Plain English saves time and money
Customers can understand plain English the first time they read it, so it saves them time – and helps them to make better informed decisions (and they will make fewer mistakes when dealing with the information). This saves organisations time and money because staff will receive fewer calls to the help-desk, have to deal with fewer incorrect forms, get a better response to letters etc.
Customers like plain English
Research shows that customers are more likely to read information that is written and displayed in plain English – because they find it faster to read and easier to deal with. It also shows that customers are more likely to trust an organisation that communicates clearly and simply.
Is there any proof that plain English saves time and money?
Yes. Joseph Kimble, an international expert in plain English, points to 50 case studies that illustrate the benefits of using plain English – for customers and organisations. He has collected them in Writing for Dollars, Writing to Please and here are some of his examples.
Case studies – Saving time and money with plain English
Kimble notes that a plain English re-write of just one high-volume form or letter, which saves staff a few minutes for each one they handle, can add up to substantial savings for an organisation.
The British government saved about £9 million by rewriting forms
During a programme in the 1980s to improve communications, the UK government improved 21,300 forms and scrapped 15,700 – with help from the UK’s Plain English Campaign. Examples of savings include:
- A Customs and Excise form where the error rate was reduced from 55% to 3% – saving £33,000 a year in staff time
- A Department of the Environment form on ‘Right to buy’ had an error rate of 60%. The plain English version had an error rate of under 5%
The Royal Mail in the UK saved £500,000 in 9 months
An unclear ‘Redirection of mail’ form had an error rate of 87% and cost the Royal Mail over £10,000 a week in dealing with complaints and reprocessing incorrect forms. After it was rewritten, the error rate dropped significantly – and the Royal Mail saved a huge amount of staff time.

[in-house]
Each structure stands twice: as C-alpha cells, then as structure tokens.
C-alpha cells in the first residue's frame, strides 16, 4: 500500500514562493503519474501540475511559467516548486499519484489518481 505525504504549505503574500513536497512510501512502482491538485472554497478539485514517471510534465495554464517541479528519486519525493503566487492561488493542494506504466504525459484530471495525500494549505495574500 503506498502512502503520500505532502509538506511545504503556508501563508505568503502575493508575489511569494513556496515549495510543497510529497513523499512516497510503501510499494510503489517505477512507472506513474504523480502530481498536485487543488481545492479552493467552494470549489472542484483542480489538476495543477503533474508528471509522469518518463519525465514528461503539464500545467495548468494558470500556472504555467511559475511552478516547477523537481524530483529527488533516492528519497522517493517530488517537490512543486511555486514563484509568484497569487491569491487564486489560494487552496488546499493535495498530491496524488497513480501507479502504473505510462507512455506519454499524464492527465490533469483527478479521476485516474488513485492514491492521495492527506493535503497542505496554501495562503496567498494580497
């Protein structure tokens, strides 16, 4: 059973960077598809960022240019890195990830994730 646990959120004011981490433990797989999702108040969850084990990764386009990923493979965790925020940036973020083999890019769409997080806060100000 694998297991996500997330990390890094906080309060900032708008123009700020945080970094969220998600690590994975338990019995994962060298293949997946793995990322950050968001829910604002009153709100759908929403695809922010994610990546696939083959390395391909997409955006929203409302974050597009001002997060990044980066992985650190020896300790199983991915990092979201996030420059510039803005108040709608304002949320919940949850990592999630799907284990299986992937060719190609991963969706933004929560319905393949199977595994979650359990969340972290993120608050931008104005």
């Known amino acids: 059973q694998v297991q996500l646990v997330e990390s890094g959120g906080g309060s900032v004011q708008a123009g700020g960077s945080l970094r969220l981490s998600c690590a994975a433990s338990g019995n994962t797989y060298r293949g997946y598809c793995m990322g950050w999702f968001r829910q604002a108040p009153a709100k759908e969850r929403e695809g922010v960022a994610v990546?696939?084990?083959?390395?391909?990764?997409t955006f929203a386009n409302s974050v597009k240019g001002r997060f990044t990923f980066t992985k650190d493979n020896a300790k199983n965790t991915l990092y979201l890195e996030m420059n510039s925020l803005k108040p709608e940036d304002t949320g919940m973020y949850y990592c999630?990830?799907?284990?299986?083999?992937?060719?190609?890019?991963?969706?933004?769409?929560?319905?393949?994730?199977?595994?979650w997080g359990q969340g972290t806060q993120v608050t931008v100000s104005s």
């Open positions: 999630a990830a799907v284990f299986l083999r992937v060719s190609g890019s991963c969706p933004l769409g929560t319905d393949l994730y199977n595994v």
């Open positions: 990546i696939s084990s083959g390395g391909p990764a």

The US Veterans’ Benefits Administration saved $4 million
The response rate to a letter requesting US veterans to update details on a form increased to 65% from 43% after it was re-written in plain English. It was calculated that staff saved 20 minutes per veteran, by receiving this information in the required form. Because this letter was sent to 320,000 veterans, the increased response rate resulted in savings of over $4 million.
New forms in Canada saved millions
During a plain English programme in Alberta’s Department of Agriculture, they revised 92 forms which were sent out to more than one million people each year. It is estimated that each new form saved staff at least 10 minutes in processing time – adding up to Canadian $3.5 million a year.
A simplified billing form increased customer payments by 80%
In the US, the Cleveland Clinic simplified a billing statement, using clear language and a logical structure. It recovered an additional $1million a month in the following few months.
Rewriting a software manual saved up to $375,000 a year, per customer
The General Electric Company estimated that businesses using a revised manual made 125 fewer calls to its helpline per month – saving it from $22,500 to $375,000 a year, per business customer.
All case studies are taken from Writing for Dollars, Writing to Please – The Case for Plain Language in Business, Government and Law by Joseph Kimble (Carolina Academic Press)